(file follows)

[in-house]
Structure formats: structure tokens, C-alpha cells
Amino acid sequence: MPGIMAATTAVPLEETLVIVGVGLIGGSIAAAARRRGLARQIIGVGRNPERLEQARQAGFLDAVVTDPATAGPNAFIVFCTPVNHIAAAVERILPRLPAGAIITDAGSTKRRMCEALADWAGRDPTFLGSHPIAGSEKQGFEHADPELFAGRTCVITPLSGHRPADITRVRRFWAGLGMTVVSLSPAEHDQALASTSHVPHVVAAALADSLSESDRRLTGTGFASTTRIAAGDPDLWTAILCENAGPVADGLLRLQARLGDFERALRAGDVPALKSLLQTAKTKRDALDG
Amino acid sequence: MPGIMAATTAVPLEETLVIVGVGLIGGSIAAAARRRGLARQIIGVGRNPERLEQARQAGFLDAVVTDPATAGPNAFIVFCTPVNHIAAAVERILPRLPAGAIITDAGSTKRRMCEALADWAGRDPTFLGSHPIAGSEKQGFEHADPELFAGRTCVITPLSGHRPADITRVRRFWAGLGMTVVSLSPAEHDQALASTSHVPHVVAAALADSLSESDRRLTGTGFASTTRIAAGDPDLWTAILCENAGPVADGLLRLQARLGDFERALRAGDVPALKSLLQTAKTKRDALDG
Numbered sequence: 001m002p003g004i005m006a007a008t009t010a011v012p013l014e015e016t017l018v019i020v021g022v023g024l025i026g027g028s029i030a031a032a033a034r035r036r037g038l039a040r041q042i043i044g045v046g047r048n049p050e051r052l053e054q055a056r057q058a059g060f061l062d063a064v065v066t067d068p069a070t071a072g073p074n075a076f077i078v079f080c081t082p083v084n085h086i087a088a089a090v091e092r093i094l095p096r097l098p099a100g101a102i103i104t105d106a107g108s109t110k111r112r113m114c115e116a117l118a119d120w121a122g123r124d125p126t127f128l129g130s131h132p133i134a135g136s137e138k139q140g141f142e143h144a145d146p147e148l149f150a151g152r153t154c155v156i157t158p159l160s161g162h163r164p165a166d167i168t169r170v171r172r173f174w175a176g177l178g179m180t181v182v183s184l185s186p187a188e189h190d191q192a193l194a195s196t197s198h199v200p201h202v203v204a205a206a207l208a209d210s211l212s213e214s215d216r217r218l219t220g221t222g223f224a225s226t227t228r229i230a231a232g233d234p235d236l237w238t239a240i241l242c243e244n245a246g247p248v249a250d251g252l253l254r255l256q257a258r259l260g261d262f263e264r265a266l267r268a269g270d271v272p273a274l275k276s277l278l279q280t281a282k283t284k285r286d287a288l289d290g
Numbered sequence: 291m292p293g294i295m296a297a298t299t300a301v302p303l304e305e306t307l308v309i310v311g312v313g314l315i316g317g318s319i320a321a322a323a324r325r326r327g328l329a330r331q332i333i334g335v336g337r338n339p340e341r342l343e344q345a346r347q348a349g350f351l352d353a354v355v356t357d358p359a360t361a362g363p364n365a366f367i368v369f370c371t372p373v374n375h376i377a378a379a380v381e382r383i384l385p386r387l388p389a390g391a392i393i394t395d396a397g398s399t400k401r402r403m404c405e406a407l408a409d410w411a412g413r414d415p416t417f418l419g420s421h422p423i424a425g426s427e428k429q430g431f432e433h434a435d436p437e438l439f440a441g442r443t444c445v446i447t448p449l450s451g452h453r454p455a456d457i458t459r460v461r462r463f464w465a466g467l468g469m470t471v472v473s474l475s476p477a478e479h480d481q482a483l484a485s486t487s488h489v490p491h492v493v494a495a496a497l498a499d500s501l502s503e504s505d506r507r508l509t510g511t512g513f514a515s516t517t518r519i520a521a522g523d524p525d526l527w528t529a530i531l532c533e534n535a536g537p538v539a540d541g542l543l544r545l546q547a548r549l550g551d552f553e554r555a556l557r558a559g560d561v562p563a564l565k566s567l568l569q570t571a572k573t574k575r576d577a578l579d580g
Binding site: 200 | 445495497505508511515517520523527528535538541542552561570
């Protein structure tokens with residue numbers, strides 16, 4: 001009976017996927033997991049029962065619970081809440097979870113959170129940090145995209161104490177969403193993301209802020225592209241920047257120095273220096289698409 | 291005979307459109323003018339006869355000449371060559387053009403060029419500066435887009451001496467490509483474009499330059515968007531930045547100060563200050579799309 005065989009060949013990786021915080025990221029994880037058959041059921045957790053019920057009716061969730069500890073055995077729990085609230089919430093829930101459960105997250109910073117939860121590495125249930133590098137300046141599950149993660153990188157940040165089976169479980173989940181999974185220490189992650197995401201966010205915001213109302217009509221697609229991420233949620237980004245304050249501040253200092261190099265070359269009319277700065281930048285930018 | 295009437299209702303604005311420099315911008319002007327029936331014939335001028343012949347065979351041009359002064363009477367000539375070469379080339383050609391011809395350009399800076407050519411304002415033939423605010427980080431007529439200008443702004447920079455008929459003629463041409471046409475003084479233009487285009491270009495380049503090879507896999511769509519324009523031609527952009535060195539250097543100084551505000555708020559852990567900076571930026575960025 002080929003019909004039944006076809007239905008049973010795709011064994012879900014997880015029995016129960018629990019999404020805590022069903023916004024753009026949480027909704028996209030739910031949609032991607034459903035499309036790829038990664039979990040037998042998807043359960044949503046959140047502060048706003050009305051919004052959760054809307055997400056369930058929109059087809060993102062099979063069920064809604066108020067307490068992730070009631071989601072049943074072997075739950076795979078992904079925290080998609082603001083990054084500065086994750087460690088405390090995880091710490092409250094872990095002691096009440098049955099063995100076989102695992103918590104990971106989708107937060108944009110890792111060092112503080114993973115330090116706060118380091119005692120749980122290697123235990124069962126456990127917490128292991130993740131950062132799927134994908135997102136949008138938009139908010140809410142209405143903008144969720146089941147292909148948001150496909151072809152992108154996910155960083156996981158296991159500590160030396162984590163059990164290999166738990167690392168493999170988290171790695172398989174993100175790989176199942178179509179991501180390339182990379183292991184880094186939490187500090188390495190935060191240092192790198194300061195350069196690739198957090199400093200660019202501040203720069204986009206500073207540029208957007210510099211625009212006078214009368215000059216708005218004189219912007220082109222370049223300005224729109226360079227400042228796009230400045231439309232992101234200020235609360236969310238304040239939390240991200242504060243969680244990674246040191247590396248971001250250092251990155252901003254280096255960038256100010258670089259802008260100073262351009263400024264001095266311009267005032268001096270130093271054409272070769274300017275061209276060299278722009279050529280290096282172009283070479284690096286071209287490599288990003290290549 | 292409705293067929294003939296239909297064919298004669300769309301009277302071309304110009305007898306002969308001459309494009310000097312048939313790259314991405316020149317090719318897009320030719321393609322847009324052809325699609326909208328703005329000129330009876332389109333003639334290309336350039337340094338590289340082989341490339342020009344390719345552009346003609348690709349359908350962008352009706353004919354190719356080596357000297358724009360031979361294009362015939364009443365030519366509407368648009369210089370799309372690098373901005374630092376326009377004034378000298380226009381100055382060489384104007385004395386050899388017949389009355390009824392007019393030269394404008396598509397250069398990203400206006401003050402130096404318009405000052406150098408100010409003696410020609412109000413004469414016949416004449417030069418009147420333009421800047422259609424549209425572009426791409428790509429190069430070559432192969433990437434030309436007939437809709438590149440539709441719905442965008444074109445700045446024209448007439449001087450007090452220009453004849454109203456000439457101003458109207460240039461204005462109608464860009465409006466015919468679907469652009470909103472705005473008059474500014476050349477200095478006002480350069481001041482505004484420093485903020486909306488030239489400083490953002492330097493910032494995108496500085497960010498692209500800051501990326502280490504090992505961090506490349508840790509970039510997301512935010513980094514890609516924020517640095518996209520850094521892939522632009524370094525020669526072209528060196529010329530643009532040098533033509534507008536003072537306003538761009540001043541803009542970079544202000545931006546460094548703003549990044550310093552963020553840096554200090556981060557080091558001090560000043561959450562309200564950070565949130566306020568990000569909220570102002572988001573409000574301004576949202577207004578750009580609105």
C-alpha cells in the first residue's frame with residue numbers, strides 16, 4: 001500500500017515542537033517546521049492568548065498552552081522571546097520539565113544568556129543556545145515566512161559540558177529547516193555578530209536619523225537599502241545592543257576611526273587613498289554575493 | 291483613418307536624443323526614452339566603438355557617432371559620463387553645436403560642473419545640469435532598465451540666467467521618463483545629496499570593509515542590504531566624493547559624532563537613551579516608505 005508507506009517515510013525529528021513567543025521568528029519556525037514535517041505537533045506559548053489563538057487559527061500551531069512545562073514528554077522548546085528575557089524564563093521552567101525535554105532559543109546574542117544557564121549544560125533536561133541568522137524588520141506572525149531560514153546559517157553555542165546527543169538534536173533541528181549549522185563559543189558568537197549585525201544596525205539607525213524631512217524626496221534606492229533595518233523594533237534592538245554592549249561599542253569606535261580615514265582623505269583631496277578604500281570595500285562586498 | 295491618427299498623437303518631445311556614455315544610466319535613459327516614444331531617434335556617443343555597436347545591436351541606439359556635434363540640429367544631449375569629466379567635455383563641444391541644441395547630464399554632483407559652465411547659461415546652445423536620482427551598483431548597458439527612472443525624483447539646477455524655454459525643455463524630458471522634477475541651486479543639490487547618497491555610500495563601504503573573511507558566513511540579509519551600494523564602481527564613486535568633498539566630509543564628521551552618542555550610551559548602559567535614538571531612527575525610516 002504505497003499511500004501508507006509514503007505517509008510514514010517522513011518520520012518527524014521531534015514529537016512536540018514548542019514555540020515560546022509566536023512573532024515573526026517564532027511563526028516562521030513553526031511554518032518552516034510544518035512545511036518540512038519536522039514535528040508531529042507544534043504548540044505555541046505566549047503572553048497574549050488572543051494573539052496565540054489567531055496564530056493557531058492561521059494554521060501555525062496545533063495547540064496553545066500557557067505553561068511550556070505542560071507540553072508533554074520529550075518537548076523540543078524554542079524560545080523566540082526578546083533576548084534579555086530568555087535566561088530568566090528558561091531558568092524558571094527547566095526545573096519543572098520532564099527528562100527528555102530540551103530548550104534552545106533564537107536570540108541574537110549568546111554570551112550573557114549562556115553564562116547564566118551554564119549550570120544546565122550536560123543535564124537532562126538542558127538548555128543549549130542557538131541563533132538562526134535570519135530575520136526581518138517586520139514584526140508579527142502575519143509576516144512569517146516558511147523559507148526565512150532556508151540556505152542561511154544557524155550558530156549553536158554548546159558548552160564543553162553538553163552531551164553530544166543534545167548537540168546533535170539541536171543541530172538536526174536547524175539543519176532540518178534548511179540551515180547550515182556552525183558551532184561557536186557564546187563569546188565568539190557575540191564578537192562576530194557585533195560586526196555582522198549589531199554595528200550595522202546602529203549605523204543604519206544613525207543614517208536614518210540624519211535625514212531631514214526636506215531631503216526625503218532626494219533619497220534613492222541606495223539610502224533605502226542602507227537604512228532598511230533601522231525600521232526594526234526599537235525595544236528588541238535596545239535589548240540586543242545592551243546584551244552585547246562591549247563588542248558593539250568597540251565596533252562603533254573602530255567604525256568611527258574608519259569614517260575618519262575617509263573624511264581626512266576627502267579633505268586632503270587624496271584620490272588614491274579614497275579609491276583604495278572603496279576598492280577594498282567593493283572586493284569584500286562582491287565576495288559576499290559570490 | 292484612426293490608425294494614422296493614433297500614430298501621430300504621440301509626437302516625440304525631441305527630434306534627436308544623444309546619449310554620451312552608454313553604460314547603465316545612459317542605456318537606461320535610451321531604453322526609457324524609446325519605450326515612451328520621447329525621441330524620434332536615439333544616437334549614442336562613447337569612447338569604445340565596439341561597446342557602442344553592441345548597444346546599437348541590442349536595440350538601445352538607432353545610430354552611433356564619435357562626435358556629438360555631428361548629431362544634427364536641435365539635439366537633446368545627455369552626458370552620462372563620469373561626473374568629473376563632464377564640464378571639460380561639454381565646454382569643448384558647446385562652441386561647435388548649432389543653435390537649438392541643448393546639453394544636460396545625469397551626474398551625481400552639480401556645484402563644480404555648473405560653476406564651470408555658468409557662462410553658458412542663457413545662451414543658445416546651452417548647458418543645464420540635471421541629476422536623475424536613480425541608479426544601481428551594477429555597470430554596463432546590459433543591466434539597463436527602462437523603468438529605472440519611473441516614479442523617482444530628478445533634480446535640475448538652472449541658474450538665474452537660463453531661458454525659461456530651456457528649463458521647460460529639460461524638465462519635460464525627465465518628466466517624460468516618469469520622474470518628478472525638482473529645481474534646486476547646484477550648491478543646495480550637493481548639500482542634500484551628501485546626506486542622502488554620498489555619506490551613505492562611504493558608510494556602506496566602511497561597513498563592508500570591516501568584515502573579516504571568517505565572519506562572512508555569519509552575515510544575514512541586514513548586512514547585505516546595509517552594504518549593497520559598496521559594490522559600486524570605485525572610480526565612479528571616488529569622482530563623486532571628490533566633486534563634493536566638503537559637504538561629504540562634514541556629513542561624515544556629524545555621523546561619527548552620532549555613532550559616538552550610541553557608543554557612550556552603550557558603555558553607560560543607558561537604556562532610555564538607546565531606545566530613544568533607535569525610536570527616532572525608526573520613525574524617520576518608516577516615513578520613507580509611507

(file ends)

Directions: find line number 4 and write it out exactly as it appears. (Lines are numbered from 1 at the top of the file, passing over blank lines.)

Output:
Amino acid sequence: MPGIMAATTAVPLEETLVIVGVGLIGGSIAAAARRRGLARQIIGVGRNPERLEQARQAGFLDAVVTDPATAGPNAFIVFCTPVNHIAAAVERILPRLPAGAIITDAGSTKRRMCEALADWAGRDPTFLGSHPIAGSEKQGFEHADPELFAGRTCVITPLSGHRPADITRVRRFWAGLGMTVVSLSPAEHDQALASTSHVPHVVAAALADSLSESDRRLTGTGFASTTRIAAGDPDLWTAILCENAGPVADGLLRLQARLGDFERALRAGDVPALKSLLQTAKTKRDALDG